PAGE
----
May 13, 2024

Pros and Cons of Paying for Your Next Home in Cash

Pros and Cons of Paying for Your Next Home in Cash

As of January 2024, about 1 in 3 real estate sales are cash transactions — the highest number in almost ten years. While this trend is mostly driven by vacation and investment purchases, the percentage of primary residences purchased without financing is rising as well (Source: NAR).

Whether you have cash from selling another property or have the funds available, it’s important to understand the benefits and risks of paying for a property in cash.

The Benefits of Paying Cash for Your Property

There are two major benefits to paying for a real estate property in cash: you are more attractive to sellers and you save money in the long run.

Sellers like to consider cash offers, even if the offer price is lower, because they are traditionally less risky and faster than offers that include financing. Despite having a pre-approval letter, there are many reasons a mortgage may fall through while under contract. On top of that, the mortgage process requires a longer timeline for things like underwriting and appraisals. To a seller, a cash offer may be worth it even if the sales price is lower than other offers.

Presenting an attractive offer to a seller is important, but paying for real estate in cash can also save you money in the long run. Without a mortgage, you don’t have to pay for mortgage interest, private mortgage insurance (PMI), or lender-related closing fees — potentially reducing your overall investment by tens of thousands of dollars.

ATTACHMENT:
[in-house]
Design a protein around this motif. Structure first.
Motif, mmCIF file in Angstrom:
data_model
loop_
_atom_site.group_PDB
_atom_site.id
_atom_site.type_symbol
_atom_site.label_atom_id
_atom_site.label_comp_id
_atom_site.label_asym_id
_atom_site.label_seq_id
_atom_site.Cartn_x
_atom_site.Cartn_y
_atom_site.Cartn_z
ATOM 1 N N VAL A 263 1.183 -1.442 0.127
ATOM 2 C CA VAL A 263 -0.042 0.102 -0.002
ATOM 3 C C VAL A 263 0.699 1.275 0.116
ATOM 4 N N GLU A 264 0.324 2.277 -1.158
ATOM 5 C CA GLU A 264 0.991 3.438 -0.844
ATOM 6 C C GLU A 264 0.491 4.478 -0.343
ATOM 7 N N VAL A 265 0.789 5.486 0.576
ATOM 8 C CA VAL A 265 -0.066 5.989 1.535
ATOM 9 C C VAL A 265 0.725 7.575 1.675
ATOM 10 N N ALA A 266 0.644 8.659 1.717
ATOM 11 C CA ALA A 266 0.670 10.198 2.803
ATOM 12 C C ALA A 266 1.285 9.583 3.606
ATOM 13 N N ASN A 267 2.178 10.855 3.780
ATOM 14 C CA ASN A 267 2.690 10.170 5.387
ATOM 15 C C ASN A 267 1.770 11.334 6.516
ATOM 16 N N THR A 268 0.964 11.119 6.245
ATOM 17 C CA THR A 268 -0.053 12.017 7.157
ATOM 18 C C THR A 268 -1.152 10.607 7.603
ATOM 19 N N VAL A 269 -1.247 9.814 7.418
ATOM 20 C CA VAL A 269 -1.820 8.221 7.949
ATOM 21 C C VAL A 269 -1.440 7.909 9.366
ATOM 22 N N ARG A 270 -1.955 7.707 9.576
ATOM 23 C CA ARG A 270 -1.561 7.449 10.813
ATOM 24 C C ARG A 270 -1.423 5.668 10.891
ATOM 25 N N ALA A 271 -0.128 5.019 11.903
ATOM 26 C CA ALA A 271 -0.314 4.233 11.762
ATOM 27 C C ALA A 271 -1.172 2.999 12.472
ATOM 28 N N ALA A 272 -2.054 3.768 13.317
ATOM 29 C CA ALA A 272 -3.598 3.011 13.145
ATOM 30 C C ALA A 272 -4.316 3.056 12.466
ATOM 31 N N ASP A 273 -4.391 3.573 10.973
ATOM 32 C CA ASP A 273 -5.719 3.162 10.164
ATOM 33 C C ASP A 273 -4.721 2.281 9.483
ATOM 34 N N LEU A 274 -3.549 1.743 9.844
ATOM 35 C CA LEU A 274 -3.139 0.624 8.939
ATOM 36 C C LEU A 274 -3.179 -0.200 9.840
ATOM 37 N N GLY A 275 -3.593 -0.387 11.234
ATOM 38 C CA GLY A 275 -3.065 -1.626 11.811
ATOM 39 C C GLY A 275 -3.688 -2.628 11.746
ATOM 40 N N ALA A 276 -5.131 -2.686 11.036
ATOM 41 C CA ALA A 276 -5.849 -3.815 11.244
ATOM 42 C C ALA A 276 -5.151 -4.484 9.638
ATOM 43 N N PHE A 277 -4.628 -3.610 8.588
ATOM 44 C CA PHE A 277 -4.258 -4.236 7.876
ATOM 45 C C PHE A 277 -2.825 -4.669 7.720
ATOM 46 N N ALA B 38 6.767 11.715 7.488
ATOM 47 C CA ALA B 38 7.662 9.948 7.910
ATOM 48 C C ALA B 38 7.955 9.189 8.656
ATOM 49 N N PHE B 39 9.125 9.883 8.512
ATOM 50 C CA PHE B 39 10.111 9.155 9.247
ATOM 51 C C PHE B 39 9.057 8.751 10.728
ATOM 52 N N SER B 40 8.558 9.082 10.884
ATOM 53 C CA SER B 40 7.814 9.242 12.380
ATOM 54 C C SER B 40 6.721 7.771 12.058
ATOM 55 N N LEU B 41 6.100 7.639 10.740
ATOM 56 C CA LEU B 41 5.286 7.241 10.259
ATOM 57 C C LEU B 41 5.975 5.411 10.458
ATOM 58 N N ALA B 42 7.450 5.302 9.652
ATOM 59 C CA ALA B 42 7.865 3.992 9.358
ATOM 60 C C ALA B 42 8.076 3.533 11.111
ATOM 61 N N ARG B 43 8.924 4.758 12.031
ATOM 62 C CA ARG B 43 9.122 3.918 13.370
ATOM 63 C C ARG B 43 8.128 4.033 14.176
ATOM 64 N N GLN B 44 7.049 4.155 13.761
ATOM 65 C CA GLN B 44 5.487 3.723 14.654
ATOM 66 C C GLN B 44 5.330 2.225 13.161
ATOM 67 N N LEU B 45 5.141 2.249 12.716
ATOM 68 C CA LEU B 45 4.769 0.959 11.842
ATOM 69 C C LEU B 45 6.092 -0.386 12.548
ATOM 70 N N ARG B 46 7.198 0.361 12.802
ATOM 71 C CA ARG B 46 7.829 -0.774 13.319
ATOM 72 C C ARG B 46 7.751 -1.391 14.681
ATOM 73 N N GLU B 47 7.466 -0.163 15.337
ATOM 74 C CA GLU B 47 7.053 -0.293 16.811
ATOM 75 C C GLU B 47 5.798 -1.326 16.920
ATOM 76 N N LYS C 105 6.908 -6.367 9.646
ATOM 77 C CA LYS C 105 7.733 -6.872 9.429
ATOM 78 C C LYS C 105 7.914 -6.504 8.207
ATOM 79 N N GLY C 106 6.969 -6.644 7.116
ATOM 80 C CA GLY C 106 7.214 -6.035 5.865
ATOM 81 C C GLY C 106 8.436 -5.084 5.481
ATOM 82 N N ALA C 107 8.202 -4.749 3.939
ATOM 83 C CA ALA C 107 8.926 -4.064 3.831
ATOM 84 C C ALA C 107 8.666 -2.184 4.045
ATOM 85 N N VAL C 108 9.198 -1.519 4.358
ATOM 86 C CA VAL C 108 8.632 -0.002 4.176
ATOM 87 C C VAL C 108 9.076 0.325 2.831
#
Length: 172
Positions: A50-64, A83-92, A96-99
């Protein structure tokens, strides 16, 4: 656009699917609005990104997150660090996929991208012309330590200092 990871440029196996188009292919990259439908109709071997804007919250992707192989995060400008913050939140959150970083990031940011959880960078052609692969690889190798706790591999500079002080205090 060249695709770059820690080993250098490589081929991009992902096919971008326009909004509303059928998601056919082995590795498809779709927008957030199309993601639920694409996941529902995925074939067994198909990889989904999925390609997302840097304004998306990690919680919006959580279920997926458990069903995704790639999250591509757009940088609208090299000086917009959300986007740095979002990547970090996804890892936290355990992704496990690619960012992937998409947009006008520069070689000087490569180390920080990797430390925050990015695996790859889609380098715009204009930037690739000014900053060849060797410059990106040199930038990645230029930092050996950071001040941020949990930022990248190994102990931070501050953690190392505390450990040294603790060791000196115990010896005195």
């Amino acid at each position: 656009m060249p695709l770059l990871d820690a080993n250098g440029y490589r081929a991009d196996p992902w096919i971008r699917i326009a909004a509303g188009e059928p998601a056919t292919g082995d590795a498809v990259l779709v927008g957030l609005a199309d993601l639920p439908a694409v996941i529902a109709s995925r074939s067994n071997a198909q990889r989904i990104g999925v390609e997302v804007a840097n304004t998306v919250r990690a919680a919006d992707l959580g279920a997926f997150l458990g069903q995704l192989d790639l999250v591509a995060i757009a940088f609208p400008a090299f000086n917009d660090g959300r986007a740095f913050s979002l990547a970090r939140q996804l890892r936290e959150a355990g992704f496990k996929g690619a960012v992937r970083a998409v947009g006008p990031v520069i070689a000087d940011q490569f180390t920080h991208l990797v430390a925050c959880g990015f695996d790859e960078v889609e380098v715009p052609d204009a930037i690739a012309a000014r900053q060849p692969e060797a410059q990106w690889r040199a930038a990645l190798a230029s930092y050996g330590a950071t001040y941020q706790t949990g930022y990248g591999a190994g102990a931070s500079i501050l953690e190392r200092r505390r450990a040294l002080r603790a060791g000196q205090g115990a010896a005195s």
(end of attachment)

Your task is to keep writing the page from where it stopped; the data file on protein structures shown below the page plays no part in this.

The Downside of Paying Cash for Your Property

All of this sounds great. So why wouldn’t you pay for a property in cash if you can? 

The biggest risk to paying for real estate in cash is tying up your money in an investment that is less liquid than other asset classes (such as stocks and bonds or a savings account). With a mortgage, you free up your cash for other expenses or investments.

Cash buyers also need to keep in mind that owning a home comes with ongoing expenses. You need to budget for home maintenance expenses, utilities, property taxes, home insurance, and homeowners association fees (if applicable). Speaking of taxes, another downside to forgoing a mortgage is that you will not be able to deduct mortgage interest from your annual taxes.

Know a cash buyer in Florida?

Refer them to SMART Settlements and join our Smart4Life program! 

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